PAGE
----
About four years after she began painting, a gallery owner she’d met in Fairbanks invited her to submit a handful of works for a Christmas art show. All of them sold. In 2005, her paintings were accepted into the Oil Painters of America Western Regional Exhibition and the American Impressionist Society’s annual national exhibition. Every year since, more galleries have come on board and more prestigious recognition has followed.

The pixelated approach became a hallmark of Usibelli’s style, characterized by what she describes as “bold, expressive brush strokes. I’m always pushing the limits and not afraid to slop on the paint. When I put a color down on my canvas or board, I don’t touch it again.”

Rather than being haphazardly freewheeling, however, this painting process is, in fact, the result of deep deliberation. “When I approach a studio painting,” she says, “actually putting the paint on the canvas is probably about 30 percent of my entire process. First, I paint it in my mind for two or three days before I start, going through the composition and all the steps and the colors. Every painting I do has a goal for what I’m trying to achieve.”

By way of example, Usibelli offers SUMMER DAY, created in the studio above the garage of her family home in Woodway, WA, based on reference drawings and a plein-air study she did at a small hobby vineyard beside an old home in the wine-country town of Glen Ellen, CA. As she does now for all of her works, regardless of the primary medium she uses, she first toned the surface with a thin layer of acrylic gold paint. “That gives a real warmth and glow to the finished painting, almost like it’s lit from inside, especially since I do a lot of scraping and carving to expose that color underneath.”

Next, she quickly drew in the overall composition using a faint wash of burnt umber—“not very detailed, but more about making sure the house was set in the right spot and my vanishing points and perspective were right.” Then came the brush strokes of color—oils, in this case—starting with her darkest darks, before beginning “a constant dialogue of dark values and light values, thin to thick paint, warm to cool,” until the entire painting was completed.

One more step remained, however. If her keen eye finds it necessary, Usibelli crops many of her paintings in order to fine-tune the composition, a process that explains why she now paints primarily on RayMar canvas-covered boards rather than on stretched canvases in frames. With this particular vineyard scene, for instance, “I cut off a couple of inches from the right side, and maybe an inch off the top, to bring more focus to the dappled, pixelated light over the vines and to make it a little more intimate.”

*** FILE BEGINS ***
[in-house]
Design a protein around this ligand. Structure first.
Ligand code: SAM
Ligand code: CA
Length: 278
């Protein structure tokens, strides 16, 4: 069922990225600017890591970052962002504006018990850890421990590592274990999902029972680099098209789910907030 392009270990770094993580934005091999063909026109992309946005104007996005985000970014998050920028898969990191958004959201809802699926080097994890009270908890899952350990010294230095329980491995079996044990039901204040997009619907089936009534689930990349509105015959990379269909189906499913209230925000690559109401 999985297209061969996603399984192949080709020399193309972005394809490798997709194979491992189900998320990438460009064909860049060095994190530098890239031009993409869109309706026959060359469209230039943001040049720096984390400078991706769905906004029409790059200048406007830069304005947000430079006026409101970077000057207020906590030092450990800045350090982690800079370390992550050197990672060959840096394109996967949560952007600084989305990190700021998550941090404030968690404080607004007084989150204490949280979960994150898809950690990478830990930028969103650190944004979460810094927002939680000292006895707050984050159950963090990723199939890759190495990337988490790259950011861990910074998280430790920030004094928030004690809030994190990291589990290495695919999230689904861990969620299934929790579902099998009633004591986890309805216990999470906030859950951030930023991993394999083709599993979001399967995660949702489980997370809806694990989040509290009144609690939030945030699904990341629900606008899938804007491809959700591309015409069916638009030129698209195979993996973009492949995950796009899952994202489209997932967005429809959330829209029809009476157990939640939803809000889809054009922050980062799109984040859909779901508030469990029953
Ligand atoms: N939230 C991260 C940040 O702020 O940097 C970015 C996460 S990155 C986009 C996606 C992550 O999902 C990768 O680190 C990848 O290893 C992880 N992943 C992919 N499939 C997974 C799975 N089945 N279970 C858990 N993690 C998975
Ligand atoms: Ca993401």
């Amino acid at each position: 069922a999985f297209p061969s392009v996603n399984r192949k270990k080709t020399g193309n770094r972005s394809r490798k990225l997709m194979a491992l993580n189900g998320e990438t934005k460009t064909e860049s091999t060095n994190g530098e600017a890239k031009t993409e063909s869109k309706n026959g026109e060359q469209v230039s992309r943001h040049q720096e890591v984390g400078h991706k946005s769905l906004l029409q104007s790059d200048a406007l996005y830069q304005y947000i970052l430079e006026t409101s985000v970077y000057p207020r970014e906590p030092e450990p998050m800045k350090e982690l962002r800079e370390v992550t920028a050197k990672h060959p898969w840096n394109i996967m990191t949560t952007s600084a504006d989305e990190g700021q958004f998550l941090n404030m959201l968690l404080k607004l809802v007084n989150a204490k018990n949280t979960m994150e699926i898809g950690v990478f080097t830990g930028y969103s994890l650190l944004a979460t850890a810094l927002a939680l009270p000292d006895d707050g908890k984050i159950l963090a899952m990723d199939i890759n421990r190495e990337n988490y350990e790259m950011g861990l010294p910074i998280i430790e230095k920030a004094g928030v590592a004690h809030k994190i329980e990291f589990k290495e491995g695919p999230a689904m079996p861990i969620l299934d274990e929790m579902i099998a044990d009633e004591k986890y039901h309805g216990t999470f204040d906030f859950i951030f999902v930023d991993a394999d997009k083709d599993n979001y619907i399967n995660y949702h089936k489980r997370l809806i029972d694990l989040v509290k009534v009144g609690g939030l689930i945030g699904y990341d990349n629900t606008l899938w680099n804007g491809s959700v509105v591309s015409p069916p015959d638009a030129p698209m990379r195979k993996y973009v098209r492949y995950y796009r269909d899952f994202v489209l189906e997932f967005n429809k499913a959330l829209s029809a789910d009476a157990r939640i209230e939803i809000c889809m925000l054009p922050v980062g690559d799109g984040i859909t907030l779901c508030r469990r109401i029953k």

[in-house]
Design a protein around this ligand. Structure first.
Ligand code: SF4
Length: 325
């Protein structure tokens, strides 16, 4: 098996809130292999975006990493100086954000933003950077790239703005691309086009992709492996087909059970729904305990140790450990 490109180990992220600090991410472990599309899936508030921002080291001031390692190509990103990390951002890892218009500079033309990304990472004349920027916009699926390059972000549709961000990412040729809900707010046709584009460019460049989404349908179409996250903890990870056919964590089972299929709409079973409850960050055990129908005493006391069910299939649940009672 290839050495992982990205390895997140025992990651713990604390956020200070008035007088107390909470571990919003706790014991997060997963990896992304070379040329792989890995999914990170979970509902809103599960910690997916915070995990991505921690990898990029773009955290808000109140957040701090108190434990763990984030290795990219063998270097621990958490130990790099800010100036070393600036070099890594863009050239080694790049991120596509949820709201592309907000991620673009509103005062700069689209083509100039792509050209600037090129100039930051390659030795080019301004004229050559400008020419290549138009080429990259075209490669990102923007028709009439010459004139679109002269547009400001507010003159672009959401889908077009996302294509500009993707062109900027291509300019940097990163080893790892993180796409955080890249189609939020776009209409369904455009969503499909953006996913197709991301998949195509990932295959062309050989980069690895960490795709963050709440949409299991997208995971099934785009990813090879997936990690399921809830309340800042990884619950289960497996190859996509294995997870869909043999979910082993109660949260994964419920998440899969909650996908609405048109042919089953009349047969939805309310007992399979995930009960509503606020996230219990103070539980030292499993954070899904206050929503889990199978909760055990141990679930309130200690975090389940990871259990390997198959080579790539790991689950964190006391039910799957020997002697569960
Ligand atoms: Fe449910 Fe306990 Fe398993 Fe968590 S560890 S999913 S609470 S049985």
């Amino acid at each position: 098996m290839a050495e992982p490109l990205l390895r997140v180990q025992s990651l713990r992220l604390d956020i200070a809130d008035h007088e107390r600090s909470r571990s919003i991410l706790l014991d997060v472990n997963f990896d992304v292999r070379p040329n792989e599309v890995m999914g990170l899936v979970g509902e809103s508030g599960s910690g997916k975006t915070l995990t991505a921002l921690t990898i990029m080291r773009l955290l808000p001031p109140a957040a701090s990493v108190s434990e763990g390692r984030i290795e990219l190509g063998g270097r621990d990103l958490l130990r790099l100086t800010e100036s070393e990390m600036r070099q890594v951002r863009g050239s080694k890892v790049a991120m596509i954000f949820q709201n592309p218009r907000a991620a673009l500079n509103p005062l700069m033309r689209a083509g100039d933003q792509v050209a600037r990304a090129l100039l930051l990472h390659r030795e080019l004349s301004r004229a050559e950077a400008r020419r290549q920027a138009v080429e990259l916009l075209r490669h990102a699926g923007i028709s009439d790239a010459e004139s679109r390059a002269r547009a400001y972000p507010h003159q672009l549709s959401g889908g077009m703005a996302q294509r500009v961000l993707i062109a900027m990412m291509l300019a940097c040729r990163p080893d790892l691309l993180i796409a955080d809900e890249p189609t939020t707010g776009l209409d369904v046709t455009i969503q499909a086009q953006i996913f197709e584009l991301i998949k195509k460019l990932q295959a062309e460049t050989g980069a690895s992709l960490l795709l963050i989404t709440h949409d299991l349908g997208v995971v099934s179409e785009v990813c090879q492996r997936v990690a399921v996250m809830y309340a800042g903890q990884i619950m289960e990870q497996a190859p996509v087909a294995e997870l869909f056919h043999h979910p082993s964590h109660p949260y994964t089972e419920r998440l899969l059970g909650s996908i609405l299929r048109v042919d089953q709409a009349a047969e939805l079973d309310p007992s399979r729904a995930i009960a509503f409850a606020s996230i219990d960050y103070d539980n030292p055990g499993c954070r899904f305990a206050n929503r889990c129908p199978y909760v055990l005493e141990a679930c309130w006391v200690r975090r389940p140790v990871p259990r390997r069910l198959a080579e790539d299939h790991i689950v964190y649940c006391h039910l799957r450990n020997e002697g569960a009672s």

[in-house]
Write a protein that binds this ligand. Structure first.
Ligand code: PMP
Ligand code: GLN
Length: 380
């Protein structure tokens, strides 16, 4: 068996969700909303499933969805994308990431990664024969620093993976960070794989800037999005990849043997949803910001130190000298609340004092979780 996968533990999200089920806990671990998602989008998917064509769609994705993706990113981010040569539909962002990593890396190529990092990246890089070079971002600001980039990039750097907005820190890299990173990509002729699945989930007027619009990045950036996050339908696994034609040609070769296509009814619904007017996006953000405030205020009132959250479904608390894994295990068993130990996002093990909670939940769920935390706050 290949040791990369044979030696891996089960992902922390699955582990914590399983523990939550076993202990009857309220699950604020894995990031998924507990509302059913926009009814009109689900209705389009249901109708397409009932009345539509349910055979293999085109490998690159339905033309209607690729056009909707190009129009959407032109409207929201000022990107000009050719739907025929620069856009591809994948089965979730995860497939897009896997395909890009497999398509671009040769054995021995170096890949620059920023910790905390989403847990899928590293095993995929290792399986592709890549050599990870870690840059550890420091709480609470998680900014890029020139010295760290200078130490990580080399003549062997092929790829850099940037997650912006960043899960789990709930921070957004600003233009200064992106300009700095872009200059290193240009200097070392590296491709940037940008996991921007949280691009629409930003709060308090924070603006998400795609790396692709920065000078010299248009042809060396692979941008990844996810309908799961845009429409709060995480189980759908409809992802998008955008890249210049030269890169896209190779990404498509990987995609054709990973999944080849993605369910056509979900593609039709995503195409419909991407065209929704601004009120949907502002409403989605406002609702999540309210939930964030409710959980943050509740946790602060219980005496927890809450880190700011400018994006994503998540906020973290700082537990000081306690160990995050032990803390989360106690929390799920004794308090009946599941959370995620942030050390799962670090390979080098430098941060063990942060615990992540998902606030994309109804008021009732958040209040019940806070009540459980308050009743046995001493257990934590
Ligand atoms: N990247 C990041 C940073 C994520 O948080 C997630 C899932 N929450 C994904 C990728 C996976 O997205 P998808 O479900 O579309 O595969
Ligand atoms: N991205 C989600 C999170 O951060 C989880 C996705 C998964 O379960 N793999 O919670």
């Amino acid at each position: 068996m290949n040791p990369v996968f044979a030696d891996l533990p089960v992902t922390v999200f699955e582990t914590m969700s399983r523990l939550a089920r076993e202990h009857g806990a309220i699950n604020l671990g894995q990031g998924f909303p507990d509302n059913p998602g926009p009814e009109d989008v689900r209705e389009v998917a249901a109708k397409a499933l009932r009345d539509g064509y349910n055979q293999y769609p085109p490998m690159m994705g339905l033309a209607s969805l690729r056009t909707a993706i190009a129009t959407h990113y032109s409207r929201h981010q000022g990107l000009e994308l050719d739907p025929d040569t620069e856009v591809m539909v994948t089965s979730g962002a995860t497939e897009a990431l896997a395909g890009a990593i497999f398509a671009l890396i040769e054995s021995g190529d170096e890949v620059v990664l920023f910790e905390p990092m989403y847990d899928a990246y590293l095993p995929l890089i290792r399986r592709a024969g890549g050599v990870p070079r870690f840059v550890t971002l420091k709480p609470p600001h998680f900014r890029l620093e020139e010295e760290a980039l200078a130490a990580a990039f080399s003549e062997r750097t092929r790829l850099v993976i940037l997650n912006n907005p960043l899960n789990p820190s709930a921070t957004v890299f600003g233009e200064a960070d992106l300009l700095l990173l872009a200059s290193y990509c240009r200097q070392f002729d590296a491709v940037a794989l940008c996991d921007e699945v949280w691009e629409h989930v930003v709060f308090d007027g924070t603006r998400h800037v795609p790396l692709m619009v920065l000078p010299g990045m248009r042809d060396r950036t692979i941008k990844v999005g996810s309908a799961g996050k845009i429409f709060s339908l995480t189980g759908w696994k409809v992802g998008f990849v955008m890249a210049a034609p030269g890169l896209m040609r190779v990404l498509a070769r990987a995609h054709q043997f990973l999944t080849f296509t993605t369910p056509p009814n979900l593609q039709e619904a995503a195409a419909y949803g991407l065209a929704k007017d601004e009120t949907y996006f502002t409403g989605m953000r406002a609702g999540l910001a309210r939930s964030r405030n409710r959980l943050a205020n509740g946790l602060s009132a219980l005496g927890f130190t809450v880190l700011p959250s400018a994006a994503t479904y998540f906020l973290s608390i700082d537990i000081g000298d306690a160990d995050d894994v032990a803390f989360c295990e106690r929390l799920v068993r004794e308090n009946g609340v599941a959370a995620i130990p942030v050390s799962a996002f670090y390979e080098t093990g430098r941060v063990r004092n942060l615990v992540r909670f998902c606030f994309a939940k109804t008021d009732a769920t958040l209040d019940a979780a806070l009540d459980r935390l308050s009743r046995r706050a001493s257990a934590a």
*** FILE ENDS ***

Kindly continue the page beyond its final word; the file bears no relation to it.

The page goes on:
The level of bravura professionalism found in such meticulous efforts has brought Usibelli continued recognition from her colleagues, with this particular work receiving a silver medal in 2015 from Oil Painters of America. A more recent painting, the acrylic beach scene WINTER ESCAPE, received the Dickinson Signature Member Award at the American Impressionist Society’s show in Park City, UT, last fall. “To get that kind of recognition from my peers is tremendous,” she says simply.

But Usibelli is not content to rest on such laurels. Ever motivated to go on learning, and eager as always to keep her work fresh, she keeps looking for new challenges—or revisits old ones. “When my kids were growing,” she says, “I would pay them $5 per painting to model for me, and I also used to host a weekly painting session where I would bring in live models every Friday. I am thinking about opening up my studio to portrait- and figure-painting sessions again.” Whatever subject she paints, she envisions her work becoming more and more simplified, even to the point of abstraction. “It creates a better experience when I choose to omit things, leaving them for the viewer to fill in,” she adds.

She also thinks about exploring a different medium entirely. “I want to do some sculpting,” she says, “similar to my approach to carving paint on my canvases, starting with clay and ultimately experimenting with casting bronzes. So I think maybe I’ll take some classes and see what that whole medium is about.”

Considering what resulted from the series of classes Usibelli took 18 years ago, it may not be long before she’s achieved mastery of that three-dimensional medium as well.

representation

Cortile Gallery, Provincetown, MA; Reinert Fine Art, Charleston, SC; The Fairmont Gallery, Sonoma, CA; The Mission Gallery, St. George, UT; Frame of Reference Fine Art, Whitefish, MT; Michele Usibelli Fine Art Studio, Woodway, WA.

This story was featured in the March 2018 issue of Southwest Art magazine. Get the Southwest Art March 2018 print issue or digital download now–then subscribe to Southwest Art and never miss another story.